Parliament summons Local govt minister over names ban

Lorlornyofm
By Lorlornyofm January 26, 2018 15:11

Parliament summons Local govt minister over names ban

Parliament has summoned the Local Government minister Hajia Alima Mahama over the controversial decision by the Births and Deaths Registry to ban the registration of some local names.

According to the Births and Deaths Registry names such as “Maame,” “Pappa,” “Nana,” “Naa,” “Junior,” “Nene,” “Nii” and “Ohemaa” are not accepted under the new policy.

Mr John Agbeko, Registrar at the Births and Deaths outfit, explained to Daily Heritage that local names like “Nana, Nii and Togbe” are most used as stool names and title for leaders in the traditional setup.

Some MPs who fumed at the move Friday described it as an illegality.

“Mr. Speaker I call my son ‘Paapa’, so if I name my son after my father, I can’t call him by his raw name, it is a reverence to my father. You can’t decide that you have refused to recognise the name I have given him.

“It is time public and civil servants understood that the powers given to them are all written in codes and they are not entitled to exercise any powers that parliament has not given to them. They are not given any discretion in this matter, if they think that there is the need to amend the law, the appropriate thing is to go through the respective instrument and raise the bill before the house for the appropriate thing to be done…. they are generating needless tension in the country,” the first deputy Speaker of Parliament Joe Osei Owusu fumed on the floor of parliament after the Minority leader Haruna Iddrisu had raised the matter in the House.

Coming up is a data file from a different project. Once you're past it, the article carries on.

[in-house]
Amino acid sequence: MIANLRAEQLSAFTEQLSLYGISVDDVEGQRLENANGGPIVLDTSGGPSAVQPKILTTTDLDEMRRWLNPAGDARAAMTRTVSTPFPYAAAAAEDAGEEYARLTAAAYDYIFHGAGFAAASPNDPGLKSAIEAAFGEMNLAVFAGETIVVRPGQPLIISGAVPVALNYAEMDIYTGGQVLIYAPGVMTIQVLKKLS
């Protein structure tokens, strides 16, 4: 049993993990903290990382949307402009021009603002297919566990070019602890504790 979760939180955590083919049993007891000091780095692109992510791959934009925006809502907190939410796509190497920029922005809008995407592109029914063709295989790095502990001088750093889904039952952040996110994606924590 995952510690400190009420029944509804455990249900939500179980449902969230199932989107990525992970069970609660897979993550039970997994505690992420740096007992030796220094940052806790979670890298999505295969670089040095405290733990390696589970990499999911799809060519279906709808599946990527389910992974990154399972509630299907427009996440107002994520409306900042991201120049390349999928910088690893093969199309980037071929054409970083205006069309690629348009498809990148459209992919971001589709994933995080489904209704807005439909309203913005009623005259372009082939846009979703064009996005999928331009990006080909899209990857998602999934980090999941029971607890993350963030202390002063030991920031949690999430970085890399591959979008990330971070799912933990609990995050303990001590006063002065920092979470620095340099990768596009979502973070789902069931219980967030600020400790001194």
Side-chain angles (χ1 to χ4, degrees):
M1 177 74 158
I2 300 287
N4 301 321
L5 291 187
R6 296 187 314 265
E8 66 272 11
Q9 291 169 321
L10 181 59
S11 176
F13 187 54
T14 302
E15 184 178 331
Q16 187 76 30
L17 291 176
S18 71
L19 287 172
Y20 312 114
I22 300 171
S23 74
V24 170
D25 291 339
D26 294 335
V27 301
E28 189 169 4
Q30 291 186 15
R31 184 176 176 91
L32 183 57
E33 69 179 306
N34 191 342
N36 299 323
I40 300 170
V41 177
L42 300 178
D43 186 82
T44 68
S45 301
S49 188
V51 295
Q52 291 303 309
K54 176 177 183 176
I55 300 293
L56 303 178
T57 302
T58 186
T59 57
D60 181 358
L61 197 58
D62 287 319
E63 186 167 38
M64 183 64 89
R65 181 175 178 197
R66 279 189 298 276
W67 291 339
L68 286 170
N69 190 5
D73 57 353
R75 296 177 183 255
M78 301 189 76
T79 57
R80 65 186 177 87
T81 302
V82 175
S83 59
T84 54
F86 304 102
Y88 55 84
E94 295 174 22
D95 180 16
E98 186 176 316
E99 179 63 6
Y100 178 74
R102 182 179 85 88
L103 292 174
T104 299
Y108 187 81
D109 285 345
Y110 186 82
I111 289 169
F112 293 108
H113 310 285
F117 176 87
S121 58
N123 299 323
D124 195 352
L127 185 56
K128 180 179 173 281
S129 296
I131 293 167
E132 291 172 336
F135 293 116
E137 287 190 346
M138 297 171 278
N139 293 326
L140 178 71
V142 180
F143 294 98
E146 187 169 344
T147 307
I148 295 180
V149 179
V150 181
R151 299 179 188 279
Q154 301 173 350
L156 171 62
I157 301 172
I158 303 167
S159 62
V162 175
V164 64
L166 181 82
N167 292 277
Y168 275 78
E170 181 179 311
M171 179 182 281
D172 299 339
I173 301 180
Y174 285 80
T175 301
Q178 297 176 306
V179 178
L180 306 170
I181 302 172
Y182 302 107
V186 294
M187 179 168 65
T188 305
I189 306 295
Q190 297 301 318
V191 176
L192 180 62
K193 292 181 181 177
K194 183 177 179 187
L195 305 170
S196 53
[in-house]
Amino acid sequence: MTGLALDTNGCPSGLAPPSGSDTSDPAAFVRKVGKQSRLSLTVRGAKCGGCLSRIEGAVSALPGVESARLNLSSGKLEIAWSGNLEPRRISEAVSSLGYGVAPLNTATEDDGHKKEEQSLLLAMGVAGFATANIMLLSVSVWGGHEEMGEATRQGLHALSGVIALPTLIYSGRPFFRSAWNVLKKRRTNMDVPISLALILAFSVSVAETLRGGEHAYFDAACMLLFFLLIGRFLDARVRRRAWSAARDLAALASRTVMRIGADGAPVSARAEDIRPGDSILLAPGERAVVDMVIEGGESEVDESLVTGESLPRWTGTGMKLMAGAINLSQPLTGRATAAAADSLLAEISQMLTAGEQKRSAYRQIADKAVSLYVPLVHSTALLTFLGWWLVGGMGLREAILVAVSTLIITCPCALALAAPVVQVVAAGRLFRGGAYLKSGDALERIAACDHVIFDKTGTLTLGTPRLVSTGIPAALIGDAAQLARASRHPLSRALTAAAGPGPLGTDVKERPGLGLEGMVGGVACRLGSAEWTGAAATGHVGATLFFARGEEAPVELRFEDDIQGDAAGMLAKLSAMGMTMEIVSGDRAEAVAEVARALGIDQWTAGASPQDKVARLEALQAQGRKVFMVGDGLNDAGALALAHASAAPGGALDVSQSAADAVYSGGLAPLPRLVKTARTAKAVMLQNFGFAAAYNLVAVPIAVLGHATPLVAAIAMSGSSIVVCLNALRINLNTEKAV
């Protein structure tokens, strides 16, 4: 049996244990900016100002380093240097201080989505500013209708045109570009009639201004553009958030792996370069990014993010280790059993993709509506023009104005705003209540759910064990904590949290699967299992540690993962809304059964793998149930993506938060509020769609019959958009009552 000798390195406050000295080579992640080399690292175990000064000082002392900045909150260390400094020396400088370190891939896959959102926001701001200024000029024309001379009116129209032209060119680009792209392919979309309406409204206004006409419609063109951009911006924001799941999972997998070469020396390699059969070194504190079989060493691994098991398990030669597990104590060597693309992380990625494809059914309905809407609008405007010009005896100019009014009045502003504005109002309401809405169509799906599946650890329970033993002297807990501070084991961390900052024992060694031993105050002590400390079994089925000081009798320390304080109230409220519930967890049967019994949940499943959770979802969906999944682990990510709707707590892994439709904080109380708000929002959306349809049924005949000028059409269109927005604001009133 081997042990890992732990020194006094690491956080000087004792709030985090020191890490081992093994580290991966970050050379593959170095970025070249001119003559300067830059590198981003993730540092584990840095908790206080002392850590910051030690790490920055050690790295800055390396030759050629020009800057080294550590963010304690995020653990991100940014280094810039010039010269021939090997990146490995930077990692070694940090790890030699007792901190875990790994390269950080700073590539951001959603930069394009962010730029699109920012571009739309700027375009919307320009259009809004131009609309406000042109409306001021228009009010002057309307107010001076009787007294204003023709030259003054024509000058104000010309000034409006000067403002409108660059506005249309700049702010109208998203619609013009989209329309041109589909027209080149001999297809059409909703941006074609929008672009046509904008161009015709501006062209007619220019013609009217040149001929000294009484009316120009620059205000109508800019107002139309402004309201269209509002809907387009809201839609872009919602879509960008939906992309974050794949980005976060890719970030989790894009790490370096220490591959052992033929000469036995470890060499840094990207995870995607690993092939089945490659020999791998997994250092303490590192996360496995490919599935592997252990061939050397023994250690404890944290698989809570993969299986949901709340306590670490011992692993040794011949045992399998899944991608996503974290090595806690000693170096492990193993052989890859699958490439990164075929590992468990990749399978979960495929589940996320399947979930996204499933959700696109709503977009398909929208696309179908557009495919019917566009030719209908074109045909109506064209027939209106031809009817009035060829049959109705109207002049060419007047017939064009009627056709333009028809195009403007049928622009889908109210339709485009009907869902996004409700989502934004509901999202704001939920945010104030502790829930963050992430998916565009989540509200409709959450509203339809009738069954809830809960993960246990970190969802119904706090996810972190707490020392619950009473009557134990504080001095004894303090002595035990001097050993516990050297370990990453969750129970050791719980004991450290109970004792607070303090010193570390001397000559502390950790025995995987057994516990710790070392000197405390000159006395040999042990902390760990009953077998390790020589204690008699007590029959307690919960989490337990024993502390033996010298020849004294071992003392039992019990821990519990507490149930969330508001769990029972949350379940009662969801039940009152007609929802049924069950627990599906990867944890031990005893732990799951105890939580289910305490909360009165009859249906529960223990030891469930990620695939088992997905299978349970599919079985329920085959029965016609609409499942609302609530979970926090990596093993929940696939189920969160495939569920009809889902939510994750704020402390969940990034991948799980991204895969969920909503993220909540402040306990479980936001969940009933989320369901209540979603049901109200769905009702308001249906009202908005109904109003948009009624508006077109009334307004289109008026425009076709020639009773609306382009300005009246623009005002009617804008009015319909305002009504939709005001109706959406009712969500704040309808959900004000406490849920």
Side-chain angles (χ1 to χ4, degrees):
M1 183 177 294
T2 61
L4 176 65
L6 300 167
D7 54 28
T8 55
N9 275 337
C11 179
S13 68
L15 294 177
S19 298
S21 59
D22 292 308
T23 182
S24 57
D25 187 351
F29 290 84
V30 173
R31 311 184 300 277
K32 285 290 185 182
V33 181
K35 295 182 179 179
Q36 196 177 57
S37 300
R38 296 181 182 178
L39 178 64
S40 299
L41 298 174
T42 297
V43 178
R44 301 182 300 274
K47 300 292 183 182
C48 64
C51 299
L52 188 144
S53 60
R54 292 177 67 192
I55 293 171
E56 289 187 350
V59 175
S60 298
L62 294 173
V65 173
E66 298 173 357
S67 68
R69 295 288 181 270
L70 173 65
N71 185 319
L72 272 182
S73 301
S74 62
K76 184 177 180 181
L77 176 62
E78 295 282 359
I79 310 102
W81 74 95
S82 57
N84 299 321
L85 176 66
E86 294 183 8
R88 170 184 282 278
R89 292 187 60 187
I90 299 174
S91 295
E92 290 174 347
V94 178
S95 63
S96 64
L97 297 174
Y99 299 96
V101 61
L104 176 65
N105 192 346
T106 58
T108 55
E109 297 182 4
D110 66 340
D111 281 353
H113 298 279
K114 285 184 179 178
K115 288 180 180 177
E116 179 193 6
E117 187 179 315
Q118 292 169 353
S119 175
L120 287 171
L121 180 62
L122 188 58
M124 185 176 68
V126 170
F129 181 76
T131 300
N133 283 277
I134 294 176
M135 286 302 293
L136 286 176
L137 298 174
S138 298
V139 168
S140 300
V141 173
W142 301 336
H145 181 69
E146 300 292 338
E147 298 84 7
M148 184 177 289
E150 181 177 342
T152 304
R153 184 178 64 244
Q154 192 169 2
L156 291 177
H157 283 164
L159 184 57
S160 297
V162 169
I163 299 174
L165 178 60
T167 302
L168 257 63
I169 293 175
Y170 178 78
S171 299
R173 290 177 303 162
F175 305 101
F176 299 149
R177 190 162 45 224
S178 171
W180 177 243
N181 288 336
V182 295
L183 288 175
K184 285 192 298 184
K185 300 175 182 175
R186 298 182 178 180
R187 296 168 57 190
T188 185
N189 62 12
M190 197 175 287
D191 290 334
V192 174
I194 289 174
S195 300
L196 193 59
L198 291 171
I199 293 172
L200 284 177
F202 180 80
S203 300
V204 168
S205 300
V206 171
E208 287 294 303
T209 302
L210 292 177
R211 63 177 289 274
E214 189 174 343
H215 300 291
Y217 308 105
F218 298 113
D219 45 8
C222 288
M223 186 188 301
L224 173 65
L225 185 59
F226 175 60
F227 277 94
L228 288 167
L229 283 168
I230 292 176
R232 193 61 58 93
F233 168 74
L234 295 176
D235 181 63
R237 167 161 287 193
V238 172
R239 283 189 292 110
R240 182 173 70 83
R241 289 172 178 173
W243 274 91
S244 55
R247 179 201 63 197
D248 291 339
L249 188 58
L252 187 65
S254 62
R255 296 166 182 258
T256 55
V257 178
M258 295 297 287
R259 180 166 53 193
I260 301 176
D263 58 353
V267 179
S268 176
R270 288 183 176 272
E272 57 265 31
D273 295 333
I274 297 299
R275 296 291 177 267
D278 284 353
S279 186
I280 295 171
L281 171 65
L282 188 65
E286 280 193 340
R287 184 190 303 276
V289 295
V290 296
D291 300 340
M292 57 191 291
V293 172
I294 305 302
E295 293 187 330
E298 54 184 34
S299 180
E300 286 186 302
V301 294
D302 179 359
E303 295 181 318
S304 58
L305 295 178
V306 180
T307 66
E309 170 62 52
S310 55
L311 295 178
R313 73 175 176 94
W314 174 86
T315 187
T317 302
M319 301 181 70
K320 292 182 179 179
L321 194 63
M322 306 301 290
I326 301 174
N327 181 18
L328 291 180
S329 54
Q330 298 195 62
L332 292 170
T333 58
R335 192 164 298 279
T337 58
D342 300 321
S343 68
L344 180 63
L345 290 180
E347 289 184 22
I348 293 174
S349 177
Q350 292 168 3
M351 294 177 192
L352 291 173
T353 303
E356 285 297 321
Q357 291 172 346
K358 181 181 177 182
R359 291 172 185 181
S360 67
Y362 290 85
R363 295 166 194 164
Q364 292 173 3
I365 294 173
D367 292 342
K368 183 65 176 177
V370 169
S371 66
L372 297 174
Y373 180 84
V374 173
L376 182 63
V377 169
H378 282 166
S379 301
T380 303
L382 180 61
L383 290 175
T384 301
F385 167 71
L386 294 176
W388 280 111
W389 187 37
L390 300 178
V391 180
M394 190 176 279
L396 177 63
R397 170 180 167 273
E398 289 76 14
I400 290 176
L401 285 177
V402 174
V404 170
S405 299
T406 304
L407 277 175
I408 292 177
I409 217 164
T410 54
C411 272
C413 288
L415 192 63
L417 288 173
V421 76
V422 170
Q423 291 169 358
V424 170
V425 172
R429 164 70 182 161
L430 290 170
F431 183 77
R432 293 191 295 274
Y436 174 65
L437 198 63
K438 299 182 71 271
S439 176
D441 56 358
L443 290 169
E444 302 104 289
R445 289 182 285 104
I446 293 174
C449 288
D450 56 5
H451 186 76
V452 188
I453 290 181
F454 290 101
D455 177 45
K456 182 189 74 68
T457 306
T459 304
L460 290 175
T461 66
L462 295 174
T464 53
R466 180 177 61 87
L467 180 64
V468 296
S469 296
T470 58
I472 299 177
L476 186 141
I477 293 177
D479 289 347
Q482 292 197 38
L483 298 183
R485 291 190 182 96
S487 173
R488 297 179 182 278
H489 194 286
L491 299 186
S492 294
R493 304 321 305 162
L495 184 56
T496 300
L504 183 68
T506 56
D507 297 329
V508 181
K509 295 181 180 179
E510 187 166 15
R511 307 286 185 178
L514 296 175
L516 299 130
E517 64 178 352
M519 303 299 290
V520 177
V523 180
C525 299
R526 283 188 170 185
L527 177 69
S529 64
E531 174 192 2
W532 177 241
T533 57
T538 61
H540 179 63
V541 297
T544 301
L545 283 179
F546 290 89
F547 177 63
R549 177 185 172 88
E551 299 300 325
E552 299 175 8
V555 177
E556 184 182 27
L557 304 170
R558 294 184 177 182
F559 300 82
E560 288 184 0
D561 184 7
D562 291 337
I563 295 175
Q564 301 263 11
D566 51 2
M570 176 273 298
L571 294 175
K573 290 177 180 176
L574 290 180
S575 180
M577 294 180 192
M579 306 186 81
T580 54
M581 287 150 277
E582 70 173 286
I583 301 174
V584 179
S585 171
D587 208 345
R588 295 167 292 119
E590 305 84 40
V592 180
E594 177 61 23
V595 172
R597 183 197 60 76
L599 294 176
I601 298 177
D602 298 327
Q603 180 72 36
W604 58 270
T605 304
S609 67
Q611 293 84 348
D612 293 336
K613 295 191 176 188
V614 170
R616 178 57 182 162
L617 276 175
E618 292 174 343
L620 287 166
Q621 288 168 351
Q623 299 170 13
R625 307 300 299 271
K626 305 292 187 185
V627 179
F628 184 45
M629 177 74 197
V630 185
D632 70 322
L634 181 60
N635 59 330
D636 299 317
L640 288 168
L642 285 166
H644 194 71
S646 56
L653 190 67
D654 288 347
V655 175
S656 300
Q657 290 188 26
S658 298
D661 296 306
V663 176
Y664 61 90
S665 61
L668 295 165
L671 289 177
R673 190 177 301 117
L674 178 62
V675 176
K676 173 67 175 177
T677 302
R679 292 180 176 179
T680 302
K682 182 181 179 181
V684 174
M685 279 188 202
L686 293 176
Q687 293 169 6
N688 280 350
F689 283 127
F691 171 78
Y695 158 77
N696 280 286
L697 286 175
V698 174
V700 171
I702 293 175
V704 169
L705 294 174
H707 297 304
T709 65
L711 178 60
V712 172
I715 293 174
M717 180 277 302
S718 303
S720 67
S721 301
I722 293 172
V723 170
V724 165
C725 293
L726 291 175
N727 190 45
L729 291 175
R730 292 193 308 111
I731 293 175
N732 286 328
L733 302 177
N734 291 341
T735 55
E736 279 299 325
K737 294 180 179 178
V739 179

Already, pressure group OccupyGhana has threatened to sue government over the action after many Ghanaians greeted the report with anger.

“We believe that this stance is a gross violation of the rights of Ghanaians to choose names (particularly Ghanaian names) as they deem fit for their children, subject to the right to change one’s name at any time later in life.

We therefore write to put you on notice, in accordance with section 10 of the State Proceedings Act, 1998 (Act 555), that we intend to commence civil action against the Republic within thirty (30) days of the date of this letter if this illegality is not addressed forthwith,” OccupyGhana said in a statement.

Source: Ghana/StarrFMonline.com

Lorlornyofm
By Lorlornyofm January 26, 2018 15:11
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